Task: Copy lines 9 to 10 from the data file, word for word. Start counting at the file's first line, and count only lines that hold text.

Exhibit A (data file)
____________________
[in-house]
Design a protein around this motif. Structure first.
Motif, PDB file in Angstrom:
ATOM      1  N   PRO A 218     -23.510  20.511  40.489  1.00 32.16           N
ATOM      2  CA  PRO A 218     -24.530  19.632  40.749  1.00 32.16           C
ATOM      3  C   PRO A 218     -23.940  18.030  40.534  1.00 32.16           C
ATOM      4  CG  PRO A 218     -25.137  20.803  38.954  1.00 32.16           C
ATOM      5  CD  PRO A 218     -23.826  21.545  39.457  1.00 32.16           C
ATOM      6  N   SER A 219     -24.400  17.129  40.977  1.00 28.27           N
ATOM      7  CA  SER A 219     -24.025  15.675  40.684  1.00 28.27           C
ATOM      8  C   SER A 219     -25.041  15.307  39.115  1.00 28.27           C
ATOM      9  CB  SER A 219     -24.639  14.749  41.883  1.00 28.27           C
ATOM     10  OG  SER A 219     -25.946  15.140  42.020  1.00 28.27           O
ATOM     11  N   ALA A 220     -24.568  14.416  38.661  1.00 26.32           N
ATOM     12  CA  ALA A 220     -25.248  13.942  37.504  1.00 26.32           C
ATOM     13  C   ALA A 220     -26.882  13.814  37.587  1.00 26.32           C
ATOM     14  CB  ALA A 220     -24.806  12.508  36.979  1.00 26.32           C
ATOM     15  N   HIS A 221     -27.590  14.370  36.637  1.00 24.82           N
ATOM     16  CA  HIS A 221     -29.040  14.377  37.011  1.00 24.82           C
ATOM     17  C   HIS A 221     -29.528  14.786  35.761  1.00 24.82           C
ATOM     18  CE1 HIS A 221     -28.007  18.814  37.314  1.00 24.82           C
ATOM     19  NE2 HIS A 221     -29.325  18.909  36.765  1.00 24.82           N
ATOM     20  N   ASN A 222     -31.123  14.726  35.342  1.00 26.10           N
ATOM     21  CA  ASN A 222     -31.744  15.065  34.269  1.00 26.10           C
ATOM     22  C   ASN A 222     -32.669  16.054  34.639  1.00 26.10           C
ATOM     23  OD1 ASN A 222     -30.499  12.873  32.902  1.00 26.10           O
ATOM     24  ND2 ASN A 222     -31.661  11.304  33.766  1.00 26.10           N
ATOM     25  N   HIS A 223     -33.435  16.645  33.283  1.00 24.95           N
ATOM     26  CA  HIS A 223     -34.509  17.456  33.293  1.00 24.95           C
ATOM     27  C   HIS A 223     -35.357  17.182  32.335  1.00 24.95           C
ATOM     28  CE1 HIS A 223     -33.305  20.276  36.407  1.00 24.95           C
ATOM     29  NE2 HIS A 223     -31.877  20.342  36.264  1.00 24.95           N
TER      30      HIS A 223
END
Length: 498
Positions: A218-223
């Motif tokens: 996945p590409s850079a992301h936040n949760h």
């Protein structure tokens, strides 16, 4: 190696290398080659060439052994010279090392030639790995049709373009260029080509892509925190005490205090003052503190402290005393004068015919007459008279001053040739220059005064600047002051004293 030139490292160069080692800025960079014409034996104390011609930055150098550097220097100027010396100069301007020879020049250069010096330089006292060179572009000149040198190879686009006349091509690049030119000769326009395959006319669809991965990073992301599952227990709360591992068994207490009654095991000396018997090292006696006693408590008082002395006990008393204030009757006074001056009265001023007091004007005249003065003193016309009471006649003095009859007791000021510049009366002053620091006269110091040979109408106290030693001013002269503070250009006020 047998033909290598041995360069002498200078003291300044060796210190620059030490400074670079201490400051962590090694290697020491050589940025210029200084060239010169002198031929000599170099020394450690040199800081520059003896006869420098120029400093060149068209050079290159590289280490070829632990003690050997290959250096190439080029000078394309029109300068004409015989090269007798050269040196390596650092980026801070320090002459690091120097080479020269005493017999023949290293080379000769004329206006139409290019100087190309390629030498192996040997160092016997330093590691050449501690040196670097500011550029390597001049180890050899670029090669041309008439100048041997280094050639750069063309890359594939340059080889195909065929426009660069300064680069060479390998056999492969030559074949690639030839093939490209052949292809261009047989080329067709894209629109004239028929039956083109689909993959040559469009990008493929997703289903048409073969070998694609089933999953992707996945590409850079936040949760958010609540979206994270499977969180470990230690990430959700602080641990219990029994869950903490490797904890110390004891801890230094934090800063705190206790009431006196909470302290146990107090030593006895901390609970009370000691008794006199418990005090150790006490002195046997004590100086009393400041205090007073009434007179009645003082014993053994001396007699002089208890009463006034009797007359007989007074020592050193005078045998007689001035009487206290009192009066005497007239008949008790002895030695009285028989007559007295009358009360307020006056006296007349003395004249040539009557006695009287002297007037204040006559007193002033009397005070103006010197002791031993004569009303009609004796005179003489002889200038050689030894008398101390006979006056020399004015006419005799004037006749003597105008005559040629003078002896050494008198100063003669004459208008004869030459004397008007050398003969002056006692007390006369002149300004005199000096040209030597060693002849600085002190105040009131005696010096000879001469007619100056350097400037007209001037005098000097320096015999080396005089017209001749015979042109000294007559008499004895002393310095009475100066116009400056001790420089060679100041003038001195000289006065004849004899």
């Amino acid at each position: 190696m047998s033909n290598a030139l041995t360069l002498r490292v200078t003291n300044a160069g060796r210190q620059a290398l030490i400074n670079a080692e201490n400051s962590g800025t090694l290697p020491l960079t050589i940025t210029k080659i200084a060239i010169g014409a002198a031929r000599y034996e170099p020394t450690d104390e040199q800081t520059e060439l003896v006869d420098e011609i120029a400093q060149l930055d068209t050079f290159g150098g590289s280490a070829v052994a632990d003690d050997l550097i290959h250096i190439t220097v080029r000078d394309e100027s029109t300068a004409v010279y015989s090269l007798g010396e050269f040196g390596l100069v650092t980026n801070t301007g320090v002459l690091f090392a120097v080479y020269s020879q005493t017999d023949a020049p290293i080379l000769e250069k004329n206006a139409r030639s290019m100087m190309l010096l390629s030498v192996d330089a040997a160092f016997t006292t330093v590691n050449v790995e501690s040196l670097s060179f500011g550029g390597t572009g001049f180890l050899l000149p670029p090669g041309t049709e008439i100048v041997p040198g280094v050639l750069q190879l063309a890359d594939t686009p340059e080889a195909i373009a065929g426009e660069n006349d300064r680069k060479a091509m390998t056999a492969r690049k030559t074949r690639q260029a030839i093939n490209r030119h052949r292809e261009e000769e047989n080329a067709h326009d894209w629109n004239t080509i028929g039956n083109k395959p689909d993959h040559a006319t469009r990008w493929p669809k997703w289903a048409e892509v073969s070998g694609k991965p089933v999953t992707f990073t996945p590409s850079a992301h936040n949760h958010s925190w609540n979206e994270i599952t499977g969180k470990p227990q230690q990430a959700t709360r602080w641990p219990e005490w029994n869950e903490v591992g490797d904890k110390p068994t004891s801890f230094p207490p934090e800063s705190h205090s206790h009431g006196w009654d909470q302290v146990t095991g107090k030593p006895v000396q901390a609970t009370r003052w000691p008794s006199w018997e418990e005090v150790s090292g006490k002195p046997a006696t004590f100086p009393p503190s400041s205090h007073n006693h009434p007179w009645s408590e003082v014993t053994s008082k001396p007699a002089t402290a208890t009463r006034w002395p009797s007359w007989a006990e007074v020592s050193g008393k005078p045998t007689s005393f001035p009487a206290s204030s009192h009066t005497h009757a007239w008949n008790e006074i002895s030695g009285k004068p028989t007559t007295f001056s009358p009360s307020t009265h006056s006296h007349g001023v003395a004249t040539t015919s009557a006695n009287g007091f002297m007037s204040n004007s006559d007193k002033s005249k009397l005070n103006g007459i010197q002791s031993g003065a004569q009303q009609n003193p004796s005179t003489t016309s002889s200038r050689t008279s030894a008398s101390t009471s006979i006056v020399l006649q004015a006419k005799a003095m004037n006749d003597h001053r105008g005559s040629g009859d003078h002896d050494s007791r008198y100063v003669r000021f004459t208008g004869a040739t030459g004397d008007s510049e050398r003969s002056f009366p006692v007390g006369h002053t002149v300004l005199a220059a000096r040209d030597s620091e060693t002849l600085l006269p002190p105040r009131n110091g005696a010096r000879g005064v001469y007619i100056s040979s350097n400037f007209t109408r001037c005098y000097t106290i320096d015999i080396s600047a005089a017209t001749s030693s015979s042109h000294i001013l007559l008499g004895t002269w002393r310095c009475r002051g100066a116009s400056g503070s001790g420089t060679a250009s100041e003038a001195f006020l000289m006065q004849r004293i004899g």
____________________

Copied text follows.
ATOM      6  N   SER A 219     -24.400  17.129  40.977  1.00 28.27           N
ATOM      7  CA  SER A 219     -24.025  15.675  40.684  1.00 28.27           C